The Mane Event Keeping Horses Looking Good Goes So Much Deeper Than The Braids
By Charity Lucente
In the world of competitive horse showing, braiding and grooming are a usual part of the artistic showmanship of the event, particularly in the sport of dressage. From a functional standpoint, braiding a horse’s mane and tail has been done for hundreds of years to prevent the hair from getting tangled in the riding equipment the horse wears. Keeping the mane and tail braided as a matter of daily maintenance can keep the individual hairs from becoming damaged and broken.
In today’s modern show scene, braiding or plaiting a horse’s mane enriches the horse’s appearance by showing off the muscling and silhouette of the horse’s neck for judging purposes. When showing, competitors take great care to present a tidy picture out of respect for the horse, the sport and the judges.
In order to get a glimpse of what goes into managing and maintaining a horse at the very top of the sport, we spoke with Carly Muma, head groom and stable manager for dressage rider Susie Dutta.
Growing up in rural Michigan as a young rider, Muma participated in 4H and hunters with a premarin mare that her mother had given her. She developed a superior work ethic to complement her empathic nature and innate attention to detail, which has taken her to the top of the sport of dressage.
As an up-and-coming professional in the industry, Muma pursued the world of eventing and found herself as a groom and rider for Buck Davidson Eventing and BDJ Equestrian in Pennsylvania. In her role there, she learned just how demanding the professional horse world can be, how extremely difficult it is to find balance in your work and personal lives as a whole, and how always having an open mind allows you to learn new ways of doing things.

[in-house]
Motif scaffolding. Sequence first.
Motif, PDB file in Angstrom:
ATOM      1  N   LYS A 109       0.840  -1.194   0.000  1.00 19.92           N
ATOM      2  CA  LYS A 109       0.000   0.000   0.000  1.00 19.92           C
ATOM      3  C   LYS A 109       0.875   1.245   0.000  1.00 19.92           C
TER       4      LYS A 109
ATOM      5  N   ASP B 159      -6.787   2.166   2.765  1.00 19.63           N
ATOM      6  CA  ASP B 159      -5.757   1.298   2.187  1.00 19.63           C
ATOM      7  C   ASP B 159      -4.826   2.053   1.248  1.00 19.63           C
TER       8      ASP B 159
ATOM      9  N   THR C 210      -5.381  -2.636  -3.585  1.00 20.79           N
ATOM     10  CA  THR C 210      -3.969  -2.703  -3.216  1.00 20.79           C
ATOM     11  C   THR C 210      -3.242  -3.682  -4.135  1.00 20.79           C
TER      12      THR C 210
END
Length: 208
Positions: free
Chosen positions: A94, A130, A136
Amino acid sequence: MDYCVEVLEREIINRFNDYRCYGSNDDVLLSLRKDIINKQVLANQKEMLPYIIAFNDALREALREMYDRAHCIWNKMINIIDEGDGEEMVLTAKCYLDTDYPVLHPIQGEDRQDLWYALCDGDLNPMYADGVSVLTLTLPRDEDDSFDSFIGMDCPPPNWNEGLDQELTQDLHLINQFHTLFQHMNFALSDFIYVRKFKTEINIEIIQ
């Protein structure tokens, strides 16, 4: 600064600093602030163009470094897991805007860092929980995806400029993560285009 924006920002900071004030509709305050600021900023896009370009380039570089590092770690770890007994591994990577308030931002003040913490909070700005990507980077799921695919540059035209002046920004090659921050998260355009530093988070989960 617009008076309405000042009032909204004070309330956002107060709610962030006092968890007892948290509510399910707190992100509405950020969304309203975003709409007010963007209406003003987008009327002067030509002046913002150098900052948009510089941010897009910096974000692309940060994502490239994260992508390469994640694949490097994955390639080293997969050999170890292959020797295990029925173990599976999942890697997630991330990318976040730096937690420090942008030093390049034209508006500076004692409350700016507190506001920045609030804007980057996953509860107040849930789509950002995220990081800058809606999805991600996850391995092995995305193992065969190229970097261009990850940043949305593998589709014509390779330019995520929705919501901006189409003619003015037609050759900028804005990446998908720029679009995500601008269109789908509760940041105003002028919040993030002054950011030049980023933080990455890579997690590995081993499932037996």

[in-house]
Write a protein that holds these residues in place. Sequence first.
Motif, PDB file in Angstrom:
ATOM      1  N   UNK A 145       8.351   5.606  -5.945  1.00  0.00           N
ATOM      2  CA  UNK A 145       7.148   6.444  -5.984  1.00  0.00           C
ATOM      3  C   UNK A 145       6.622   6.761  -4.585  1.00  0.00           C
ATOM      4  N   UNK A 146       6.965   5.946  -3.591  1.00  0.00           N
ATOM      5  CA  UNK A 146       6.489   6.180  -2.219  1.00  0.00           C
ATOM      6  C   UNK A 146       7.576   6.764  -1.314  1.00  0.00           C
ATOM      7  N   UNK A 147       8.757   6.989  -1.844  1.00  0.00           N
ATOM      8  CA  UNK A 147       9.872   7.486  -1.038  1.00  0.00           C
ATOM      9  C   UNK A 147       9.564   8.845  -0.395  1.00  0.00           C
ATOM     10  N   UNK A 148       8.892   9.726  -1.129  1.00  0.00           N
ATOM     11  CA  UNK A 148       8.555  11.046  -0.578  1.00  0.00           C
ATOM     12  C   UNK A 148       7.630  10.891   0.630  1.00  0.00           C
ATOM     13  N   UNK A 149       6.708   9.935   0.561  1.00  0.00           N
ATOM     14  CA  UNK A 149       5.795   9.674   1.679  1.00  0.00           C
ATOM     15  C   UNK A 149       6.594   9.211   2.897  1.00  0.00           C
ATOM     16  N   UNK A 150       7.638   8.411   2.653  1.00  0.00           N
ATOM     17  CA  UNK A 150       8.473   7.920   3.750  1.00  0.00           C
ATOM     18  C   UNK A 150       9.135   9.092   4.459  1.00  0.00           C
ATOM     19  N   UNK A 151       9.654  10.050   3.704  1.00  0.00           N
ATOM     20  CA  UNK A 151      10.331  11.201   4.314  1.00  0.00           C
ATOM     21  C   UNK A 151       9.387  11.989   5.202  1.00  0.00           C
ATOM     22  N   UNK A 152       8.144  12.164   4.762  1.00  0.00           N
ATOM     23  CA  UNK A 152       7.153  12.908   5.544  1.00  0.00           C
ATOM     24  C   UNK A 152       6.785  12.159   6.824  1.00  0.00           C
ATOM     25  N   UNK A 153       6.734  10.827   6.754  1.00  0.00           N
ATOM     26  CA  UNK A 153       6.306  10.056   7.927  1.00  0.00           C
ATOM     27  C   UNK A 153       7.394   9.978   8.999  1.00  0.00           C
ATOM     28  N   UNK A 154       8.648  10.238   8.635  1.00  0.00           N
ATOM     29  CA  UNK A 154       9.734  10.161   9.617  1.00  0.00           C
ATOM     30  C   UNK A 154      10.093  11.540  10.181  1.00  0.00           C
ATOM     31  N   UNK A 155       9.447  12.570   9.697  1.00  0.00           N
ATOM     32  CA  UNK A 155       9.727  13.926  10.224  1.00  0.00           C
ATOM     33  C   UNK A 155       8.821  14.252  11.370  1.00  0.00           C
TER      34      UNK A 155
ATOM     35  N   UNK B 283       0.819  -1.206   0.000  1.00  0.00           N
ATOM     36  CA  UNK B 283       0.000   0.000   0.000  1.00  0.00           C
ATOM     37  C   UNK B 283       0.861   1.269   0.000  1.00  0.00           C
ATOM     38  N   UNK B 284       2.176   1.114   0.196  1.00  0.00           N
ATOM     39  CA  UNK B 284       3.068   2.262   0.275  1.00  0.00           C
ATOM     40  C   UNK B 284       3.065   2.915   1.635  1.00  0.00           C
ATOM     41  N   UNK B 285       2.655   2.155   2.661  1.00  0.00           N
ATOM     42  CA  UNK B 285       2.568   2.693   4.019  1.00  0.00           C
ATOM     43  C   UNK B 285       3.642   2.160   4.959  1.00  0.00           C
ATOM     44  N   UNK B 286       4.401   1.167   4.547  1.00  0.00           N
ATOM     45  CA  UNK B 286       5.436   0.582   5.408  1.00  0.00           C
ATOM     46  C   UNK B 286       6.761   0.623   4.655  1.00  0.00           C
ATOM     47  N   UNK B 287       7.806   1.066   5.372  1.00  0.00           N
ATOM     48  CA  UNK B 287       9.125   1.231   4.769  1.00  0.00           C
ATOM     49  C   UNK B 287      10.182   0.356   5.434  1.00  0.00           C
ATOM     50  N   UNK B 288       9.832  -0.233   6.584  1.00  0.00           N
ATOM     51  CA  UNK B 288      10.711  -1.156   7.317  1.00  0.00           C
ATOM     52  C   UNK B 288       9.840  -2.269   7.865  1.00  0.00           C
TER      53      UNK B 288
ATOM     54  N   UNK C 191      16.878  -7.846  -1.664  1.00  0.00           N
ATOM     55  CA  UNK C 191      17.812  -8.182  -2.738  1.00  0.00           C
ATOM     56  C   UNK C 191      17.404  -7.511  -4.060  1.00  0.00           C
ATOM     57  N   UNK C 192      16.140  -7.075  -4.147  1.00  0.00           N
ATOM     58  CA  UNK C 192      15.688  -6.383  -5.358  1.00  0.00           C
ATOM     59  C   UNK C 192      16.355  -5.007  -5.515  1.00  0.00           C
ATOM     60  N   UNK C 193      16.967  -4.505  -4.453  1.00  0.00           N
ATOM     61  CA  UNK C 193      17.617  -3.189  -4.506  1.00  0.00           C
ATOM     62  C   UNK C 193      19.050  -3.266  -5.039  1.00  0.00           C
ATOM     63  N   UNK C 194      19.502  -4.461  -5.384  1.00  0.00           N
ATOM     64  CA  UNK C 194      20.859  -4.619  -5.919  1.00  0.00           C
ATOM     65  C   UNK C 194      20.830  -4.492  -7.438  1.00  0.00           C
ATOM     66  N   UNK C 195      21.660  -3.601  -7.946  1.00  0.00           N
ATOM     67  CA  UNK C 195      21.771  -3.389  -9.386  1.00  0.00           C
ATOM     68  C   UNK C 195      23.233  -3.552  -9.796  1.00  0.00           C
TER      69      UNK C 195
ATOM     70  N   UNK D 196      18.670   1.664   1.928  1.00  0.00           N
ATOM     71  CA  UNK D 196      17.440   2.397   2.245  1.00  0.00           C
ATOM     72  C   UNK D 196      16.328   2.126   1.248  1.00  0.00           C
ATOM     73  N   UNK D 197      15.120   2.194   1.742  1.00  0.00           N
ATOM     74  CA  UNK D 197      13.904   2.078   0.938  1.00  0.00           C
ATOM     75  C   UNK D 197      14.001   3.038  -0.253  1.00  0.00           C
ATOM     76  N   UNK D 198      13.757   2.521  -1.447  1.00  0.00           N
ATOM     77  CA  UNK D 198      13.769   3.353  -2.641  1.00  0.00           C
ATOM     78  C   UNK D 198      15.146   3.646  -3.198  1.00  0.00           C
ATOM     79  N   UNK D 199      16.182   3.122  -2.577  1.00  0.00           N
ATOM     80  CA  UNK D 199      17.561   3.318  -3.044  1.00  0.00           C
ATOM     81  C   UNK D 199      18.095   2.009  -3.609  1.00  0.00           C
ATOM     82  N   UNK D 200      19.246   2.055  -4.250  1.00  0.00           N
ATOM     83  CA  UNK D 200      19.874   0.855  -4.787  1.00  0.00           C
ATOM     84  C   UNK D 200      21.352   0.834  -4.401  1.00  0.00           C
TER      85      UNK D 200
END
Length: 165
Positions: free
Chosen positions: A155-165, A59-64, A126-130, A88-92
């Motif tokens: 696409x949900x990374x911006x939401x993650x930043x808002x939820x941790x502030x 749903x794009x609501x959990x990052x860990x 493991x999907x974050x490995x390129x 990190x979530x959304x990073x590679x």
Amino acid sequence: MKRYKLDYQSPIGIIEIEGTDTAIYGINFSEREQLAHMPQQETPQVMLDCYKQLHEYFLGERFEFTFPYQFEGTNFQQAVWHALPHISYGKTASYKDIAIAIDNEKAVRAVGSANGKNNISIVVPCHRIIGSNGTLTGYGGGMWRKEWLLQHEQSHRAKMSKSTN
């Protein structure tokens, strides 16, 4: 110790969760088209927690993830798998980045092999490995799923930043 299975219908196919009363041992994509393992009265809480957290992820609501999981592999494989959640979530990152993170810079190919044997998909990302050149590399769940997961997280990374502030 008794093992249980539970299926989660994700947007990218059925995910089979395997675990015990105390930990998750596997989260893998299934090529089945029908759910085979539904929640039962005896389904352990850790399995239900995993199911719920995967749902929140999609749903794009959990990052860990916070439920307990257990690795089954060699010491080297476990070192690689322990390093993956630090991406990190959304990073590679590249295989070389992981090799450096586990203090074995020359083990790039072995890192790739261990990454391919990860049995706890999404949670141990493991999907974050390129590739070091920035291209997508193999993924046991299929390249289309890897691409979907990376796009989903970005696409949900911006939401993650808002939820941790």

“We have to keep in mind that we don’t know everything and need to give priority to the controllable aspects of horse care,” Muma said.
During her time training, grooming and traveling for team BDJ, Muma forged a relationship with Tim and Susie Dutta of the Dutta Corporation, for whom she is now the head groom and stable manager of their international string of dressage horses. She finds herself truly bonded with each of the five equine athletes under her direct care and takes the time necessary to know their every behavioral pattern, bump, bruise, noise, gait and request.
Being this precise and particular about her horses’ care allows her to not miss the smallest of details and prevents issues before they start.
When asked what essential tools she could not live without in her daily grooming kit, the answer was one of a wise professional who knew that the tools of her sport only supplement the greatest asset of all — good and safe horsemanship.
“A basic, good-quality brush and curry go a long way and are accessible to everyone,” Muma said. “Good horsemanship and a quality feed and farrier are the simplest of ways to keep your horse safely at their best, starting from the inside out, from the core.”
Muma always keeps her focus on the horses in her care.
“Good, basic horsemanship was instilled in me from the beginning, and sometimes I feel like that lacks. It is so easy just to rush through your day, and then you lose the details,” she said. “It doesn’t matter if you’re doing hunter plaits, dressage button braids or banding for a western pleasure class, it is all in the details and being consistent to your program.”
As stable manager for Susie Dutta, Muma has soaked up any and all knowledge and experience to grow her abilities in horse husbandry using a wide array of modalities. In her daily set of therapies, she uses shock wave, Sport Innovations blankets and laser therapies to bolster her horses’ wellness regimen.
She offers wise advice to anyone involved in this all-encompassing love of horses.
“No matter what sport you compete in, even if you are purely a recreational weekend warrior, we all do it for the love of the horse,” Muma said. “We are their voice. It’s just making sure they are healthy and happy. Keep it simple and pay close attention to the basics of your horses’ care and maintenance. I know that if they are healthy and happy, they will do whatever it is we ask. They will put their heart and soul into it.”